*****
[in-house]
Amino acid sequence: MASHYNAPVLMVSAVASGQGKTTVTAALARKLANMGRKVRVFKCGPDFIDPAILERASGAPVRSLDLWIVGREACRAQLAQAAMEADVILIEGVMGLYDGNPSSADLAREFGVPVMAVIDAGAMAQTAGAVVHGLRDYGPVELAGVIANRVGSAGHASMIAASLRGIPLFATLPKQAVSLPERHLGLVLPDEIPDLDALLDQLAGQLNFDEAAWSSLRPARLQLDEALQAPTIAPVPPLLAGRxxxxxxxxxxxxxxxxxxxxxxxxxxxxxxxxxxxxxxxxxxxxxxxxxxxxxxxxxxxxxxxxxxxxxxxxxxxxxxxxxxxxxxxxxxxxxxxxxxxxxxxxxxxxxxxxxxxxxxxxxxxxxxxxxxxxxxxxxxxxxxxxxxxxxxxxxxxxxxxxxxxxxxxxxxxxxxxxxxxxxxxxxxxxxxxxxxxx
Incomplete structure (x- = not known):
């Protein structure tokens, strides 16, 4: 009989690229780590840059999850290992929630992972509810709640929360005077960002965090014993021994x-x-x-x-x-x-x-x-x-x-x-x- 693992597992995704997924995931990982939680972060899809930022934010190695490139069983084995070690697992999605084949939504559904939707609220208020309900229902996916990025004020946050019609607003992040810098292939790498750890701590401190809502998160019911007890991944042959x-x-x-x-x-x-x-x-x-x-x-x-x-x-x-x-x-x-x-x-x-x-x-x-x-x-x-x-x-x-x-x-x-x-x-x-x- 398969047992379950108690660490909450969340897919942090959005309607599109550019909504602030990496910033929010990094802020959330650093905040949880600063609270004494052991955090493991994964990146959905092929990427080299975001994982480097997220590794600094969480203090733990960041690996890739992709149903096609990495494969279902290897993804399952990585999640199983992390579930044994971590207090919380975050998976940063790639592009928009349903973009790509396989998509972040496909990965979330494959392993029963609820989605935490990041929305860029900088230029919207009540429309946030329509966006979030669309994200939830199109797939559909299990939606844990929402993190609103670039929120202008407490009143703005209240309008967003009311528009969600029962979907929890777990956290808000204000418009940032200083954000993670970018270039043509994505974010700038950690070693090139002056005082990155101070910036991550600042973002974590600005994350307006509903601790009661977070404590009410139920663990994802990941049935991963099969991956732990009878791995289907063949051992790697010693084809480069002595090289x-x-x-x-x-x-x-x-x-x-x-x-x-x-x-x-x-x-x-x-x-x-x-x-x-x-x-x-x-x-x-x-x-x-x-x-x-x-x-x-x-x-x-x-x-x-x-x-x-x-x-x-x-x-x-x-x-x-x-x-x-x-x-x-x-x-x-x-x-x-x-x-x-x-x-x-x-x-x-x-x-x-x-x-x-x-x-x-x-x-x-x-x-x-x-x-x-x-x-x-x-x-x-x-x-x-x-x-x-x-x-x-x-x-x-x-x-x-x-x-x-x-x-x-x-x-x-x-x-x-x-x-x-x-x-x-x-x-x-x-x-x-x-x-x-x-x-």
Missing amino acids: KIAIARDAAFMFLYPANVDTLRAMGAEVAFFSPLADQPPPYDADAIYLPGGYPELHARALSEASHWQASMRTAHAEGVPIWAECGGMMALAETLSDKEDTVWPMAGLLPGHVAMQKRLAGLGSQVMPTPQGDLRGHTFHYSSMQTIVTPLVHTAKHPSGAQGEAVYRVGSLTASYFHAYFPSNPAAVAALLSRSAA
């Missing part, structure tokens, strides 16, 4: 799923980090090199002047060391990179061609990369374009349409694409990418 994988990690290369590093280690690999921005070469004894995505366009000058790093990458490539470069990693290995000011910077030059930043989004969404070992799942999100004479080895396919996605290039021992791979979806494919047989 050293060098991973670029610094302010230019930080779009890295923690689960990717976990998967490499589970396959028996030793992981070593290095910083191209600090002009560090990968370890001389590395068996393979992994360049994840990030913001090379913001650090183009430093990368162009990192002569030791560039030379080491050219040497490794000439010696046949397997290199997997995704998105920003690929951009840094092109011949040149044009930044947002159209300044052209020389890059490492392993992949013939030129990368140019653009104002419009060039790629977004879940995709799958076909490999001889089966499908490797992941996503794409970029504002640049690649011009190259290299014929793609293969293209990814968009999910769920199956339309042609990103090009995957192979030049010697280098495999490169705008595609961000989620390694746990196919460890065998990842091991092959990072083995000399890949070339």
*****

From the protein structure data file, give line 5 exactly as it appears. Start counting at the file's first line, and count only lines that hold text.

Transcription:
Missing amino acids: KIAIARDAAFMFLYPANVDTLRAMGAEVAFFSPLADQPPPYDADAIYLPGGYPELHARALSEASHWQASMRTAHAEGVPIWAECGGMMALAETLSDKEDTVWPMAGLLPGHVAMQKRLAGLGSQVMPTPQGDLRGHTFHYSSMQTIVTPLVHTAKHPSGAQGEAVYRVGSLTASYFHAYFPSNPAAVAALLSRSAA